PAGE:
We know that the trop (cantillation) marks were added to our written Tanakh text by the ba'alei hamesorim (Masorites) around the 8-10th century CE. They were recording an oral tradition that, I assume, was passed from generation to generation from Sinai.

My question is about the musical rendering -- when, and how, did the particular melody for each trop symbol/family start getting recorded in a durable form? I've studied folk music; I know that minor variations in oral musical transmission are hard to avoid despite people's best efforts. (A memorized text has some more opportunities for reinforcement.) "When" will vary by community, of course -- there are at least a couple dozen different localized sets of trop melodies. I'm interested in a general answer and information on the musical history of any specific trop systems.

Musical notation (at least in Europe) goes back to at least the 6th century CE, though its form and versatility have varied over time. There might have also been some other system of writing it down that wasn't formal music notation; I remember, when I was learning my haftarah portion, writing dots above some of the phrases to show melodic shape (up/down, long/short) even though it wasn't a full musical notation. (It was a study aid.)


1 Answer 1


There is no one answer for this question. Because there seems to have been three distinct developments for the Cantillation: Ashkenazi, Old Mizrahi, and Modern Sepharadi.

The Ashkenazim are noted as being the first to develop musical motifs for all of the cantillation symbols. This makes the most sense since Europe was very focused on writing down music, and for adapting the music system based on the Greek tone system. So for the Ashkenazi communities of yore and today, they are more used to thinking of the te'amei miqra as a musical system, rather than a grammatical system that occasionally uses musical motifs to aid in grammatical emphasis. They were notating their system before the 15th century. In the 1500s we have Sephardic scholars mentioning that the Ashkenazim have already written down and put their cantillation to music. For written Ashkenazi sources, much has been discussed and brought down. Here is a snippet of information along with the source to find out more:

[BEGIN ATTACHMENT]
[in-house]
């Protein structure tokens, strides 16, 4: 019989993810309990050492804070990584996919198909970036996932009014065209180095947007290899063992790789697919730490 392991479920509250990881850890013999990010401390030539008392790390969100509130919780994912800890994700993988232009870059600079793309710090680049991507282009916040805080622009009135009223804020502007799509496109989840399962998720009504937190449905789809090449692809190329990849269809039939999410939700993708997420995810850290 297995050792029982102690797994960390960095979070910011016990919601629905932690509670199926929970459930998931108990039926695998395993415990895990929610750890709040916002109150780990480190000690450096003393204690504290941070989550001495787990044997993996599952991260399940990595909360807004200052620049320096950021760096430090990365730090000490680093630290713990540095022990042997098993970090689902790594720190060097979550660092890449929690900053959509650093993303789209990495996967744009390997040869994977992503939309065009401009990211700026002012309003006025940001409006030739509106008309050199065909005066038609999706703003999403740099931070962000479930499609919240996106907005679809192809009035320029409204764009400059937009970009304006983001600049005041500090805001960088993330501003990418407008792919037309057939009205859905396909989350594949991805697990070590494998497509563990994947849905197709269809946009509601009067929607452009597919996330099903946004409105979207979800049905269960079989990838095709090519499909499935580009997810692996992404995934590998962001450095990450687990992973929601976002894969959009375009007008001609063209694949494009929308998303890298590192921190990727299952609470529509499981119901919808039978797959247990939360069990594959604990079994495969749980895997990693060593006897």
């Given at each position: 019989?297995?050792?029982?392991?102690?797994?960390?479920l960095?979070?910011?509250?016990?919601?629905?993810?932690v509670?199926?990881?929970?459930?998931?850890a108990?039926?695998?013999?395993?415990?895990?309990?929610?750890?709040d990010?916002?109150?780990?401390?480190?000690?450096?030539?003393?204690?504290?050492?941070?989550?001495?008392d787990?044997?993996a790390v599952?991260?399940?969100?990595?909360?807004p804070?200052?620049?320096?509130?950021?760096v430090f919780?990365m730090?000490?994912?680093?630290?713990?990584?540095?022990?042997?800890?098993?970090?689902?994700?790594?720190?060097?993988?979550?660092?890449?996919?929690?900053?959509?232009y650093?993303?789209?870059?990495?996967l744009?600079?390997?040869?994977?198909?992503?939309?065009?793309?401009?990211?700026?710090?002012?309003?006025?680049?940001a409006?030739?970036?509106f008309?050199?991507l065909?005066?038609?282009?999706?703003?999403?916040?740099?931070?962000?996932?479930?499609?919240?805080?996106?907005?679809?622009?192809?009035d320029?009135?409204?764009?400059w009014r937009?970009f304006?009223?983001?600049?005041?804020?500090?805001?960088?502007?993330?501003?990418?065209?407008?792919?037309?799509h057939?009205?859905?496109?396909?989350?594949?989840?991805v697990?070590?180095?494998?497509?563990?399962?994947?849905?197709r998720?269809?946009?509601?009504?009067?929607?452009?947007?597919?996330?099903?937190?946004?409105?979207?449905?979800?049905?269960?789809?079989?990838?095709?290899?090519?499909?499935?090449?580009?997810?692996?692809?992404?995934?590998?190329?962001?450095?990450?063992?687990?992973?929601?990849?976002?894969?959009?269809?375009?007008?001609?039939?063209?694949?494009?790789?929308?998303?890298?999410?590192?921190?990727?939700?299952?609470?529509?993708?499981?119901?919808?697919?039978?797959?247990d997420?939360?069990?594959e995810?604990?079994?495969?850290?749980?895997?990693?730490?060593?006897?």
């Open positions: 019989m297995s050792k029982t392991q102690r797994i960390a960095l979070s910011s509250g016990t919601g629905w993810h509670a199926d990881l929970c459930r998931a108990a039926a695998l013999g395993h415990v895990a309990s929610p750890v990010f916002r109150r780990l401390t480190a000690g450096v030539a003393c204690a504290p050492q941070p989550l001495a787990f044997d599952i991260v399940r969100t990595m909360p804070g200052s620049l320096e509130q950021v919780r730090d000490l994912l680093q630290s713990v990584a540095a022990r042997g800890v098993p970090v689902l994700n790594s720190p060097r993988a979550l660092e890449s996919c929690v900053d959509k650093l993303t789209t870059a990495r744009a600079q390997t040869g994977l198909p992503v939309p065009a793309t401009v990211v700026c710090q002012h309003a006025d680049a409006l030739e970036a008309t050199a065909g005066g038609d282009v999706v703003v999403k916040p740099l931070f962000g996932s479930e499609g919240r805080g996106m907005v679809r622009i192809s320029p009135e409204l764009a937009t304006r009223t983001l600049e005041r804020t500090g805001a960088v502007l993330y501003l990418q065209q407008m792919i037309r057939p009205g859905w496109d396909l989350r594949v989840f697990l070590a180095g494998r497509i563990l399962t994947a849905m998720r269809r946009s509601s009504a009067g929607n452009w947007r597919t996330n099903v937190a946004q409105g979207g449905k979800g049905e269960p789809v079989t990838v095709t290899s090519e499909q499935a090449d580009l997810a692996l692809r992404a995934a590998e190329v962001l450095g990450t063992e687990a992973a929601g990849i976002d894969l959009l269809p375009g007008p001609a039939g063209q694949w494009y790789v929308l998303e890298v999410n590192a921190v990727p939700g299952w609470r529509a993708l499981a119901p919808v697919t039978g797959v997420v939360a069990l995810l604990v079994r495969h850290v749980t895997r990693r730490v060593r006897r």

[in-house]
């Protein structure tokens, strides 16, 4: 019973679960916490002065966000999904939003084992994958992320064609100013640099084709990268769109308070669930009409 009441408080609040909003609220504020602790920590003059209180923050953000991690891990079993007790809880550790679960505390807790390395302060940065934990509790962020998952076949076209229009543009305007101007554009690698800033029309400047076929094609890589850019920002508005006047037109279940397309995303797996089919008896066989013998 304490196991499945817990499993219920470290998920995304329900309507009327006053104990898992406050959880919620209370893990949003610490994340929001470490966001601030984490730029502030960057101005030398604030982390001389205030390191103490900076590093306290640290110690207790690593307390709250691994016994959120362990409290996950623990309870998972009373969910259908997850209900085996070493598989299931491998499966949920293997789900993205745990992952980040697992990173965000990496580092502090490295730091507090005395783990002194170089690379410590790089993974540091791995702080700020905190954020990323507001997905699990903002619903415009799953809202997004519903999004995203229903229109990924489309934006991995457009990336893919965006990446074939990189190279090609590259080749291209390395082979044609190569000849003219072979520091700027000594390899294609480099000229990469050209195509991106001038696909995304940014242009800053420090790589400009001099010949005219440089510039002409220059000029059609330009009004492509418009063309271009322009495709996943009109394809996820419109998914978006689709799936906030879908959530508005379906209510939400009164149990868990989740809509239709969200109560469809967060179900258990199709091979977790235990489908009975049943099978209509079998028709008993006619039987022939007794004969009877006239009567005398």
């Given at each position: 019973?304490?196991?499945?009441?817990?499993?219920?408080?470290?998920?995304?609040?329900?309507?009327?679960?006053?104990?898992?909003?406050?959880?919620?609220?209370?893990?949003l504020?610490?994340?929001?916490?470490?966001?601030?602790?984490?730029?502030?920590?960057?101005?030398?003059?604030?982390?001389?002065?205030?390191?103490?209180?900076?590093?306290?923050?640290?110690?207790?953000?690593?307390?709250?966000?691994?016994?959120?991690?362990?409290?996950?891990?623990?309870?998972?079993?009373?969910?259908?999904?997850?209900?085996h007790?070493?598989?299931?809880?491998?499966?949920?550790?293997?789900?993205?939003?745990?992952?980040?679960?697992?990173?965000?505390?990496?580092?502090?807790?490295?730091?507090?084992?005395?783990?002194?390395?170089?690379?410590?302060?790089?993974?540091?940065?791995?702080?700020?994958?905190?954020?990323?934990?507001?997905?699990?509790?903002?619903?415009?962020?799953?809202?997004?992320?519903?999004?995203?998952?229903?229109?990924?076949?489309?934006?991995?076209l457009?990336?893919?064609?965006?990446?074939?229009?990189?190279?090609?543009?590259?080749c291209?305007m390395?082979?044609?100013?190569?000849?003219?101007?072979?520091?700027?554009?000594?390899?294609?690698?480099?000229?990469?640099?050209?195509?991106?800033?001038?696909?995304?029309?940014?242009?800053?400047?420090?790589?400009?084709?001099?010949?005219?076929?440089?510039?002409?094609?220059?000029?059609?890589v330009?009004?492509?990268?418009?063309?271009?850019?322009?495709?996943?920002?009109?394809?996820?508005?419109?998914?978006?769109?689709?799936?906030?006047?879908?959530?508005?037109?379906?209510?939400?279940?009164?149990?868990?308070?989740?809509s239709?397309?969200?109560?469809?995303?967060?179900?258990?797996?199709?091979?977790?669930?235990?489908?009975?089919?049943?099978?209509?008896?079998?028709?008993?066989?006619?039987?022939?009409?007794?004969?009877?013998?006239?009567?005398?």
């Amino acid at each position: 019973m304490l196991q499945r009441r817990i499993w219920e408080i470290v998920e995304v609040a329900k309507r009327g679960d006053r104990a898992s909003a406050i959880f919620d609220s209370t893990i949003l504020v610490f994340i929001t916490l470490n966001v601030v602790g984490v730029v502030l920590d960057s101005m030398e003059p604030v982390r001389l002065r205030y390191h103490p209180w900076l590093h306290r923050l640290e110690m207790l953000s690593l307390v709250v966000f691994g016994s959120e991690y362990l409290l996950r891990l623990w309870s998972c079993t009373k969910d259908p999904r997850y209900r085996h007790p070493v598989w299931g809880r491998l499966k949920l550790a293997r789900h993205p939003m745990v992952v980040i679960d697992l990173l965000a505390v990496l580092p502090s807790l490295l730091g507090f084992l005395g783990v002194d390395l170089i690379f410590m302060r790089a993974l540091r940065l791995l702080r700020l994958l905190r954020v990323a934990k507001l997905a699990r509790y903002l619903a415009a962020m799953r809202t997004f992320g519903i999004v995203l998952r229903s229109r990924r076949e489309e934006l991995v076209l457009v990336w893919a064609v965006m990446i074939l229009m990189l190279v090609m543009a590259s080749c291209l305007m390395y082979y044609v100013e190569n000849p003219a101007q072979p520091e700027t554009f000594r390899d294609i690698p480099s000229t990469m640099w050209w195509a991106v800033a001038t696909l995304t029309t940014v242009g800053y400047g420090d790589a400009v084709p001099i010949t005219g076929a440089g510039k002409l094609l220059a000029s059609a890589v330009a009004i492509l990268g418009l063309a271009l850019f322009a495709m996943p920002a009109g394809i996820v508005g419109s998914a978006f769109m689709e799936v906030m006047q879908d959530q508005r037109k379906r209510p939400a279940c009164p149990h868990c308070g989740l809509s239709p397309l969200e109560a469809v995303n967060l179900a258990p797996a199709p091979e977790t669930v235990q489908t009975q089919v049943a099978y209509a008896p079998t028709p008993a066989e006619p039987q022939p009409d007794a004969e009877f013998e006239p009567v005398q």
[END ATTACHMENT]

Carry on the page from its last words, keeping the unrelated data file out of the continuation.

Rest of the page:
The most valuable of them all, for the Ashkenazic traditions, is to be found in Cantor Abraham Baer's "Ba'al Tefillah," 1877, pp. 30-42. The value of the earlier tables (e.g., those of Bartolocci, A. Kircher, P. Guarin, etc.) is detracted from by unnecessary elaboration, and especially by experiments in transcribing the notes backward, so as to go with the Hebrew from right to left, which have misled later students. Such, too, is the case with the transcription made by the monk Böschenstein for Reuchlin, and printed in his "De Accentibus" (Hagenau, 1518), at end of Book III., where the cantillation, reversed and given in the tenor as a canto fermo, is ludicrously accompanied by three other harmony parts. But Reuchlin's tenor cantillation, when retranscribed, is particularly valuable as showing that the tradition has not appreciably varied in four centuries, save possibly in the rarer jubilations, such as "Ḳarne Farah," where license is always taken.

Source: http://www.jewishencyclopedia.com/articles/3986-cantillation